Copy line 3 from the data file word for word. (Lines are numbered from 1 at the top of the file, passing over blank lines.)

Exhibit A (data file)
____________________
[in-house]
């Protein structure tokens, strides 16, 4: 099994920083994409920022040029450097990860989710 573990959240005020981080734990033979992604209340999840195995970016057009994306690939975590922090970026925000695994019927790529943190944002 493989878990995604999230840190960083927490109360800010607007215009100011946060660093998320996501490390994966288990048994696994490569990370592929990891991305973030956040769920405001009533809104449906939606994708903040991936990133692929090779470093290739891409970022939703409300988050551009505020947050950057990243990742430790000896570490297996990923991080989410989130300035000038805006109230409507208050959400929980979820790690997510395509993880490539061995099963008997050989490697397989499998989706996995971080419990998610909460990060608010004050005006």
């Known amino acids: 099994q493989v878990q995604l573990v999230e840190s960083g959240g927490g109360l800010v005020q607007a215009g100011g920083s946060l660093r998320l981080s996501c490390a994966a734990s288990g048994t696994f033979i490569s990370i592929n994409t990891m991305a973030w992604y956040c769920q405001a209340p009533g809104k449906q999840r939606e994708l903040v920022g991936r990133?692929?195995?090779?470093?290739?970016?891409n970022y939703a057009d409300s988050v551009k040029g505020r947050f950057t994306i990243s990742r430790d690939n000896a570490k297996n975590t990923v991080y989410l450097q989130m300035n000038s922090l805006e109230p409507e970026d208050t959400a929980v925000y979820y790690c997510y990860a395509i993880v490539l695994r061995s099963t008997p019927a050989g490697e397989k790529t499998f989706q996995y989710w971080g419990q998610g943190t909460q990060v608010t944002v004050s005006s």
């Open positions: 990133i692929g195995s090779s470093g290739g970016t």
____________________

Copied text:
């Known amino acids: 099994q493989v878990q995604l573990v999230e840190s960083g959240g927490g109360l800010v005020q607007a215009g100011g920083s946060l660093r998320l981080s996501c490390a994966a734990s288990g048994t696994f033979i490569s990370i592929n994409t990891m991305a973030w992604y956040c769920q405001a209340p009533g809104k449906q999840r939606e994708l903040v920022g991936r990133?692929?195995?090779?470093?290739?970016?891409n970022y939703a057009d409300s988050v551009k040029g505020r947050f950057t994306i990243s990742r430790d690939n000896a570490k297996n975590t990923v991080y989410l450097q989130m300035n000038s922090l805006e109230p409507e970026d208050t959400a929980v925000y979820y790690c997510y990860a395509i993880v490539l695994r061995s099963t008997p019927a050989g490697e397989k790529t499998f989706q996995y989710w971080g419990q998610g943190t909460q990060v608010t944002v004050s005006s």